With warnings from scientists and public health experts about the serious threat Omicron poses to public health, and to an NHS which is already “beyond full stretch”, we need much stronger measures to try to control its spread.  

On Tuesday, when MPs debated the Government’s new restrictions, based on evidence I’ve heard as Vice Chair of the all party parliamentary group on Coronavirus, I called on Ministers to take a more robust, evidence-led and public health driven approach than they’ve done to date. 


In my speech, I also set out some of what I think is missing. 

Better sick pay so people can afford to self-isolate would be a good place to start.  Until it fixes this, the Government is disincientivising people from testing properly or self-isolating if they test positive.

We urgently need greater investment in ventiliation measures too, especially in schools.  Since poorly ventilated classrooms have six times more Covid cases than better ventilated ones, Ministers should use the forthcoming school holidays to put this right.   

Financial support for businesses, particularly in the hospitality sector, is also critical. A continued low rate of VAT, extending and expanding business rates relief (with councils reimbursed), new grant programmes, a proper self-employed income support scheme, and flexibility over repaying existing loans could mean the difference between survival into next year and more losses to our local economies.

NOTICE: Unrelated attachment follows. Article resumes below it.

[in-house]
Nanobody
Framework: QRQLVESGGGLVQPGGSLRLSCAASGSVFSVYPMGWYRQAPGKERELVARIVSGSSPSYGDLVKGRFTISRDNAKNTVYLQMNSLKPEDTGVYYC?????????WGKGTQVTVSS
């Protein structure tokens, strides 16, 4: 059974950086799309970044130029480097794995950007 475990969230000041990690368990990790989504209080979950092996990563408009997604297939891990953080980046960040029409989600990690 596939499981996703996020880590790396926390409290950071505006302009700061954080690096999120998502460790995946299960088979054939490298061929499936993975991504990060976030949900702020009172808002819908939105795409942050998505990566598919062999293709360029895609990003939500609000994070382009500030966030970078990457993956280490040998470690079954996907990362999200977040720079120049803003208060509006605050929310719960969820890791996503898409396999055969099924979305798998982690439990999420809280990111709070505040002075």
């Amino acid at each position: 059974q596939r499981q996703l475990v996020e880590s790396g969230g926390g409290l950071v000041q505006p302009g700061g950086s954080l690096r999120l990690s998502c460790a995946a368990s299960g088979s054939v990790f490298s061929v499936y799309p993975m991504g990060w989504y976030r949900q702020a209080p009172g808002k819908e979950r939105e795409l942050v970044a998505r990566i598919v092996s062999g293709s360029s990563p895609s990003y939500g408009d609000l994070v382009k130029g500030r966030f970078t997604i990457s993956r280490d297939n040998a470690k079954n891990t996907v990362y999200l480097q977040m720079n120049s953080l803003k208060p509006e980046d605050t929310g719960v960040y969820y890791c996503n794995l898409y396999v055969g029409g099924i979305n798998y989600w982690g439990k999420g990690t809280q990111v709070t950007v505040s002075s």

All of us are dreading the prospect of not seeing loved ones at Christmas, again.  But that’s the direction in which we’re heading unless the Government shows some leadership and tells us the unwelcome truths we might not like to hear.  One such truth is that we need to reduce social contacts now. There is a direct relationship between the number of contacts we have and the spread of infection, so guidance to work from home whilst still giving the green light to Christmas parties makes absolutely no sense. 


Unfortunately, there wasn’t an option to vote for that this week.  Instead the Government proposed the reintroduction of compulsory face masks in most public indoor venues and new rules around self-isolation – measures which, while they don’t go far enough, I supported. 

In two votes, however, after carefully weighing the evidence I didn’t back the Government, and instead joined Liberal Democrats, 20-odd Labour MPs and around 100 Conservatives in opposing the introduction of blanket mandatory vaccination for NHS workers and Covid passes. I don’t believe these specific proposals will make us safer – and indeed that they could be counterproductive in terms of encouraging vaccine take-up. 


Vaccine passports - requiring someone to show proof of vaccination before gaining entrance to a venue - have been widely criticised on civil liberties grounds. An inquiry by Parliament’s Public Administration Committee earlier in the year concluded that the Government hadn't made a robust case for their use.